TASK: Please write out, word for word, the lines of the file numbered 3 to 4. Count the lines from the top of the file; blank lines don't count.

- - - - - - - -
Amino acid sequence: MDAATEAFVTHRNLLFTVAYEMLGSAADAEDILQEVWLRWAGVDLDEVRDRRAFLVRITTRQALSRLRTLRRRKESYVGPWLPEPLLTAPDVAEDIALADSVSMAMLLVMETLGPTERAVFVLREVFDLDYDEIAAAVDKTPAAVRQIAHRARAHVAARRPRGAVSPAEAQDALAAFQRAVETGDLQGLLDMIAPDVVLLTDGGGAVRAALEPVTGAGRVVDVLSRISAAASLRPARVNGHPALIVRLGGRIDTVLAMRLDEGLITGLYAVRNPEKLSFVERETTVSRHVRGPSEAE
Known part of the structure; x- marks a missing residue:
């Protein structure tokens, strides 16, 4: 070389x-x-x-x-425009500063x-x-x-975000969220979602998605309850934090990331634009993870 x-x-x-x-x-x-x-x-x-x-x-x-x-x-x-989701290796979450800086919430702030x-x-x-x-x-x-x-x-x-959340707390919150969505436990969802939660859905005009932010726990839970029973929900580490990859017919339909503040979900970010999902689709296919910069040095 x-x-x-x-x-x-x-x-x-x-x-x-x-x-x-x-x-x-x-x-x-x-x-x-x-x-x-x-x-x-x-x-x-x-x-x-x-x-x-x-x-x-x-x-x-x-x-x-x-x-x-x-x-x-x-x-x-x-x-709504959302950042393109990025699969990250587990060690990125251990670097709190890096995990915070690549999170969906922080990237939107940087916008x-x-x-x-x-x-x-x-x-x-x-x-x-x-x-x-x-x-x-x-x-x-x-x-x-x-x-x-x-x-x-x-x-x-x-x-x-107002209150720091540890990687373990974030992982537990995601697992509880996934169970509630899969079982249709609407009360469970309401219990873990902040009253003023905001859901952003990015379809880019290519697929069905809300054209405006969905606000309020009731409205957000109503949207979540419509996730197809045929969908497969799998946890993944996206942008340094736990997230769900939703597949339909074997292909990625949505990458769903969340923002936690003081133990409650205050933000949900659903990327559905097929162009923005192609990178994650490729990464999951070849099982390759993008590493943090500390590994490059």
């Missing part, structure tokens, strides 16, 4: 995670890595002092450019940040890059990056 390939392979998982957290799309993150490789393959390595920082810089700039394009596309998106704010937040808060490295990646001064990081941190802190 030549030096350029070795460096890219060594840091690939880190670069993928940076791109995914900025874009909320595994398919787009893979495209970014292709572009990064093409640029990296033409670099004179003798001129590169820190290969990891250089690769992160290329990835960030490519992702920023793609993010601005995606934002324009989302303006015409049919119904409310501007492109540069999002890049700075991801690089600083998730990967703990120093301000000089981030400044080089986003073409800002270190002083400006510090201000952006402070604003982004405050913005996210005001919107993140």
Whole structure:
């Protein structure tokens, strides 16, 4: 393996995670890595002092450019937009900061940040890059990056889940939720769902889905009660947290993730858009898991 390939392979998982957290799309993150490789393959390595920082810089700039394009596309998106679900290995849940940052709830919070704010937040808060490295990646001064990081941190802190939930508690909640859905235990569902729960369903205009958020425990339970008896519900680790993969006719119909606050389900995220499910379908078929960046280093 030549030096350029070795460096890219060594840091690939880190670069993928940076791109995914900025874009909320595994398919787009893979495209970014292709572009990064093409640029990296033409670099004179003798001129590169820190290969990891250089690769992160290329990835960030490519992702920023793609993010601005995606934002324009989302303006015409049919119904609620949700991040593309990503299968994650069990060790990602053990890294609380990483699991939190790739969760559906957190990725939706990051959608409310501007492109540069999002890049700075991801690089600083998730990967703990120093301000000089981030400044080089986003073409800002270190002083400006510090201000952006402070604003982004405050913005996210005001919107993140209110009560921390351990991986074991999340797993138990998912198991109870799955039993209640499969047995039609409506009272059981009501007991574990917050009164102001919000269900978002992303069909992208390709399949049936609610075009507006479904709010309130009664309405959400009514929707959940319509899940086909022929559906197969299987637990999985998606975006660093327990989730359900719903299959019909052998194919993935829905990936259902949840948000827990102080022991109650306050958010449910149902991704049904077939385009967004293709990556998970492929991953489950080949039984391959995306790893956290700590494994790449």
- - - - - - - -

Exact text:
């Protein structure tokens, strides 16, 4: 070389x-x-x-x-425009500063x-x-x-975000969220979602998605309850934090990331634009993870 x-x-x-x-x-x-x-x-x-x-x-x-x-x-x-989701290796979450800086919430702030x-x-x-x-x-x-x-x-x-959340707390919150969505436990969802939660859905005009932010726990839970029973929900580490990859017919339909503040979900970010999902689709296919910069040095 x-x-x-x-x-x-x-x-x-x-x-x-x-x-x-x-x-x-x-x-x-x-x-x-x-x-x-x-x-x-x-x-x-x-x-x-x-x-x-x-x-x-x-x-x-x-x-x-x-x-x-x-x-x-x-x-x-x-x-709504959302950042393109990025699969990250587990060690990125251990670097709190890096995990915070690549999170969906922080990237939107940087916008x-x-x-x-x-x-x-x-x-x-x-x-x-x-x-x-x-x-x-x-x-x-x-x-x-x-x-x-x-x-x-x-x-x-x-x-x-107002209150720091540890990687373990974030992982537990995601697992509880996934169970509630899969079982249709609407009360469970309401219990873990902040009253003023905001859901952003990015379809880019290519697929069905809300054209405006969905606000309020009731409205957000109503949207979540419509996730197809045929969908497969799998946890993944996206942008340094736990997230769900939703597949339909074997292909990625949505990458769903969340923002936690003081133990409650205050933000949900659903990327559905097929162009923005192609990178994650490729990464999951070849099982390759993008590493943090500390590994490059």
């Missing part, structure tokens, strides 16, 4: 995670890595002092450019940040890059990056 390939392979998982957290799309993150490789393959390595920082810089700039394009596309998106704010937040808060490295990646001064990081941190802190 030549030096350029070795460096890219060594840091690939880190670069993928940076791109995914900025874009909320595994398919787009893979495209970014292709572009990064093409640029990296033409670099004179003798001129590169820190290969990891250089690769992160290329990835960030490519992702920023793609993010601005995606934002324009989302303006015409049919119904409310501007492109540069999002890049700075991801690089600083998730990967703990120093301000000089981030400044080089986003073409800002270190002083400006510090201000952006402070604003982004405050913005996210005001919107993140």